- Organic mercury. Often considered the most dangerous type of mercury, organic mercury compounds are formed when Hg reacts with carbon. While there are many different organic mercury compounds in our environment, methylmercury is by far the most widespread – and the worst from a human perspective. More on its hazardous properties later.
Where does mercury come from?
Mercury is produced via a variety of natural processes, including volcanic emissions, forest fires, erosion of rocks containing the element and several other phenomena. However, a substantial amount of the mercury in our atmosphere today was emitted from manmade sources. In fact, scientists believe that current concentrations of atmospheric mercury are three times greater than they were prior to the Industrial Revolution.
The chief anthropogenic source of mercury emissions is the mining industry, with the pursuit of precious metals and ores like gold particularly damaging in environmental terms. Mercury is also produced when fuel sources are combusted and their mercury content is released into the atmosphere. Coal is the main offender in this respect, though oil, gas, wood and biomass all contribute to the problem, as well. Waste incinerators, smelting furnaces and other industrial facilities produce mercury emissions, too.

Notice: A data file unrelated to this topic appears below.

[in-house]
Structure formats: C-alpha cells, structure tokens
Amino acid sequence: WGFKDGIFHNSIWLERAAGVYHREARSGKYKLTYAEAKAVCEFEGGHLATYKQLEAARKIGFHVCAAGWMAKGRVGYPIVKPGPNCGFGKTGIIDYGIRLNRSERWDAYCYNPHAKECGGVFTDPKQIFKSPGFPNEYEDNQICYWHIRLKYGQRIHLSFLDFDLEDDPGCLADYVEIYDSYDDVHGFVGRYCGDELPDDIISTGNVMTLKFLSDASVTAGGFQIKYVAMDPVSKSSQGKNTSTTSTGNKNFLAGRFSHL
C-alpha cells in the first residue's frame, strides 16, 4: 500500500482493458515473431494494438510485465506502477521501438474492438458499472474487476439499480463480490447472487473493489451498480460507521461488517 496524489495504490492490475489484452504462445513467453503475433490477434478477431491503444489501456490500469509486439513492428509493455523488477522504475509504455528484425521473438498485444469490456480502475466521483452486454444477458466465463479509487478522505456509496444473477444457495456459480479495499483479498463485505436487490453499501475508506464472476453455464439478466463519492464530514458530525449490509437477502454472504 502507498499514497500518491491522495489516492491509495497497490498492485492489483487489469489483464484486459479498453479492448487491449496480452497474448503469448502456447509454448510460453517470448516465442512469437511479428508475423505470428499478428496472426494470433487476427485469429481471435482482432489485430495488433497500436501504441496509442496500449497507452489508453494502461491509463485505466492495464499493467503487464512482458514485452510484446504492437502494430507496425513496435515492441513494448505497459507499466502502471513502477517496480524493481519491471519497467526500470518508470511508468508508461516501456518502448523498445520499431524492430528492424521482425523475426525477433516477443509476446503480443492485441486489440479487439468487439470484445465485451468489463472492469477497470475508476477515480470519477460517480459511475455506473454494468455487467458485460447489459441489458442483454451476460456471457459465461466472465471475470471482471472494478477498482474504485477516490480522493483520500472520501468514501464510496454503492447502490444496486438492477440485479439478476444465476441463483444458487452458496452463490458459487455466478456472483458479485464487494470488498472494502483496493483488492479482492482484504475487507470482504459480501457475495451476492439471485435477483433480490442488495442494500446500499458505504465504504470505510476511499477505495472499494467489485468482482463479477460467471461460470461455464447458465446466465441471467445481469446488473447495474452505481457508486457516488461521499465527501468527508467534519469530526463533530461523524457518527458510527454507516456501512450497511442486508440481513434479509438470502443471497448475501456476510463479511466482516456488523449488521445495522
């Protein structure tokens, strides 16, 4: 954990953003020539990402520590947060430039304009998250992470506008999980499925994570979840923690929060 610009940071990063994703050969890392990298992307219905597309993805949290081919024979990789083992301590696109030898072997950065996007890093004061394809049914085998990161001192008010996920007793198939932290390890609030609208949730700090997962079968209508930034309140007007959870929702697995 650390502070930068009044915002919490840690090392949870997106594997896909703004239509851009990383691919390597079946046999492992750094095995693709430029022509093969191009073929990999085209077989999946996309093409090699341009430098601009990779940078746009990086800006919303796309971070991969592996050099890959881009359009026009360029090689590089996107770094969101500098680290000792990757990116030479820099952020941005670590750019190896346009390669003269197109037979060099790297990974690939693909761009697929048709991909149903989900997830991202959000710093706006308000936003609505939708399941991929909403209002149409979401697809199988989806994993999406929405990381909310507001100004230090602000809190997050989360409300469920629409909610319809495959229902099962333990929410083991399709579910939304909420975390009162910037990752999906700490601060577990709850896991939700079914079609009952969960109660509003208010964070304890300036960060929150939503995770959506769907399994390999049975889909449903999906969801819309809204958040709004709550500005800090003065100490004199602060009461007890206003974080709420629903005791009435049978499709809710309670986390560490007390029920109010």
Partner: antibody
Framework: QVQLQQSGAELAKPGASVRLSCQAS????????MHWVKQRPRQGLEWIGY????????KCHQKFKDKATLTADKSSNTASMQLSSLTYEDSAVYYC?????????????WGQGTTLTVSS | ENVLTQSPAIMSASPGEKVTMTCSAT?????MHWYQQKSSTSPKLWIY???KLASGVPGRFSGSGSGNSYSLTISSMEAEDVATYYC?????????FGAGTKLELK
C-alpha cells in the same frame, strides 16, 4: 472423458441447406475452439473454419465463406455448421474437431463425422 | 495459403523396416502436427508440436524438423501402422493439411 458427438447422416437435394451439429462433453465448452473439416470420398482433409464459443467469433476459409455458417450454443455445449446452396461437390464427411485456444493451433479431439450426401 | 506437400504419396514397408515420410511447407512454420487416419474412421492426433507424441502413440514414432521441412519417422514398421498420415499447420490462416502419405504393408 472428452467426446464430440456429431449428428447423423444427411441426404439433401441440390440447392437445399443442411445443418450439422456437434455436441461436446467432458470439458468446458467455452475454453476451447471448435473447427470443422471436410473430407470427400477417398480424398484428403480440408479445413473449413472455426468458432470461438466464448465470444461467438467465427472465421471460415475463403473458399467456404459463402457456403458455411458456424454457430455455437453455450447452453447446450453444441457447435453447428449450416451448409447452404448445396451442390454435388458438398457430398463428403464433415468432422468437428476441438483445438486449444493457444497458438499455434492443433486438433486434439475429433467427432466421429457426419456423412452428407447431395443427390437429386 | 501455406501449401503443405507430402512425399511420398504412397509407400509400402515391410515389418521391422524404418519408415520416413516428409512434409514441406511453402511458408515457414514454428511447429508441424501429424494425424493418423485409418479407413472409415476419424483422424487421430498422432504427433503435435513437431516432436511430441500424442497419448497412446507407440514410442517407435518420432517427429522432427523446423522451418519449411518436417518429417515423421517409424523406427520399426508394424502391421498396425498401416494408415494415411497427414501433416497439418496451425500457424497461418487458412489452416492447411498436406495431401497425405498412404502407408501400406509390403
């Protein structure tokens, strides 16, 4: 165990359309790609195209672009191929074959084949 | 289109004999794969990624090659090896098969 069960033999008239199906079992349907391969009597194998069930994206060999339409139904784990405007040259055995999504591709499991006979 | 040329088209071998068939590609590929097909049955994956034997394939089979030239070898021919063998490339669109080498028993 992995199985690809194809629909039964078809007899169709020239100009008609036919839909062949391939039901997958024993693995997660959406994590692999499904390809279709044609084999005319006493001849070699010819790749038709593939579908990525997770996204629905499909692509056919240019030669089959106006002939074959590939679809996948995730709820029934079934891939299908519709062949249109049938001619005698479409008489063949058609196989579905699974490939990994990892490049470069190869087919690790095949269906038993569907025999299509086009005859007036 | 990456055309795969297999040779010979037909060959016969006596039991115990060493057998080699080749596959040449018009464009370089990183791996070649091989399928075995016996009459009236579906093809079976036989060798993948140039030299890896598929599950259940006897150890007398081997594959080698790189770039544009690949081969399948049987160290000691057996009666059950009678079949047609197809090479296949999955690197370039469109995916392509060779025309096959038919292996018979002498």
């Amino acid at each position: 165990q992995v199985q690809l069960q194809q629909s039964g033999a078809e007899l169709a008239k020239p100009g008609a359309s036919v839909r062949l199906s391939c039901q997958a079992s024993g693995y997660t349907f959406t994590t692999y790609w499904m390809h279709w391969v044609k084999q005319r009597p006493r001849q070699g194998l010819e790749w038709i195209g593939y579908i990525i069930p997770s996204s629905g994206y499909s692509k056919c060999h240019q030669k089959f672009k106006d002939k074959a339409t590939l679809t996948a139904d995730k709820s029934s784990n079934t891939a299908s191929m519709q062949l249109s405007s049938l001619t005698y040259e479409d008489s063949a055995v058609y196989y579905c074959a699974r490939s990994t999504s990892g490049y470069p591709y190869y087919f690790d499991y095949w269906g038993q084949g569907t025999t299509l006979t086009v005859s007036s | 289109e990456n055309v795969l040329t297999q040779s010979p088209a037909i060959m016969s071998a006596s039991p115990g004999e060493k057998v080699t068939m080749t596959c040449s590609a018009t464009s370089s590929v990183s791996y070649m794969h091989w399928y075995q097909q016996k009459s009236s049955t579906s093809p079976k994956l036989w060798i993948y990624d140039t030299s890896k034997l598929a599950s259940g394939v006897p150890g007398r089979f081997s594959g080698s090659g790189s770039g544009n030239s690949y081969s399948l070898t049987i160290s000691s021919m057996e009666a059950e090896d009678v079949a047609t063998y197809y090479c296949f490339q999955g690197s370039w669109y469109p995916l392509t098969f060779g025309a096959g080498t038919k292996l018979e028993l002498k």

Where is mercury found?
As a naturally occurring substance which can freely change its form, mercury has been cycling through our biosphere for millennia. After being emitted into the atmosphere, it can fall back to the land or the ocean in the form of precipitation, dust or as a result of gravity. This means that it is found in air, water and soil.
It can also contaminate vegetation and become ingested by animals, primarily marine-dwelling ones. Its extremely long half-life means that it does not degrade readily in the environment, while it cannot be excreted by organisms, either. As a result, it can bioaccumulate in the food chain and reach hazardous levels in larger fish, such as sharks, swordfish and tuna. Ultimately, it ends up on our dinner plate and infiltrates the human body – and due to its ability to traverse the placenta, it can infect unborn babies. Today, it’s believed that most people in the world have at least a small concentration of mercury in their bodies.
What is mercury used for?